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Tswalu Day 4: the Sociable Weaver Nest

This diary entry took place at Tswalu

Another perfect day with another three highlights. The first was finding a lioness (North pride) and two youngsters after a morning of hard tracking by Christo and William. Again, we  had the sighting all to ourselves. Tswalu is the largest private reserve in South Africa, and while having a delicious lunch at the majestic Lekgaba viewpoint it felt like we could see the curvature of the earth's horizon. We were rewarded not only with a sighting of the Burchell's but also the rarer Hartmann's zebra: they were shy and disappeared into the Karroneberg.

Tswalu were darting a white rhino for notching and chipping and our second highlight of the day was being invited to join their conservation team and partake in the experience. It was an indescribable moment being able to get so close to such a powerful, prehistoric creature, and we all walked away from it feeling quite emotional.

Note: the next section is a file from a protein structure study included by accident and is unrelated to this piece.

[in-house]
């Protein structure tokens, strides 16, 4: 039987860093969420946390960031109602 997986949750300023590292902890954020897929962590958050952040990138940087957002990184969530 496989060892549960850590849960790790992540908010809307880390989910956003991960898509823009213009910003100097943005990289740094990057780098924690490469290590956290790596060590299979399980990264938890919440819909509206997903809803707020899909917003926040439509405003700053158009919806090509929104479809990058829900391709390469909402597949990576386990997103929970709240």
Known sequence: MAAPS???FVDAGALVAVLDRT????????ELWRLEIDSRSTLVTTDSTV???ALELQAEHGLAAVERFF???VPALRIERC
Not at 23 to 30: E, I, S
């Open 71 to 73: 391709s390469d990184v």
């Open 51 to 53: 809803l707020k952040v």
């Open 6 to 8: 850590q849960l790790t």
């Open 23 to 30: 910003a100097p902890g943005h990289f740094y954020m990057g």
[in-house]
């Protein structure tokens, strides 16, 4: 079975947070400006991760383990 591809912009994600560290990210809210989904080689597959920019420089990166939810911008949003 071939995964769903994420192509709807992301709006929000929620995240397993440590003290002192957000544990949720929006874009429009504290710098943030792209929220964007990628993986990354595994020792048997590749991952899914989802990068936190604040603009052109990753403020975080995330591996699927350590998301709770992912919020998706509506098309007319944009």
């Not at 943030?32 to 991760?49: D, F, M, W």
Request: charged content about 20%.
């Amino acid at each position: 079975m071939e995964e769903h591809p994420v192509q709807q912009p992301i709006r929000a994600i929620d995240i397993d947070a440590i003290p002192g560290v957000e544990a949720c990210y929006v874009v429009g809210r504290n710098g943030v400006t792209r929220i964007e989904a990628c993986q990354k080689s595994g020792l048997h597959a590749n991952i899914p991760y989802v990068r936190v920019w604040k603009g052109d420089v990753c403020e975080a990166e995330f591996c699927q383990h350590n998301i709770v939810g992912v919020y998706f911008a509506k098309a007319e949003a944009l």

We wanted to photograph a sociable weaver nest at sunset.  From a vantage point high on the mountains we found the perfect nest, and just before sunset walked out to our third highlight of the day, flushing a scrub hare along the way. The nest was massive, it must have weighed more than a tonne and was almost touching the ground where it had bent the shepard's tree over. It was the noise that was so captivating: hundreds of the little birds shooting in and out of the nest holes, their alien chattering and squabbling filling the air. And to top it off the first barking geckos of the spring emerged from their burrows and added their iconic voices to Kalahari dusk.

(while on the Cape Wildlife and Wildflowers Tour with Indri Ultimate Mammal Voyages)



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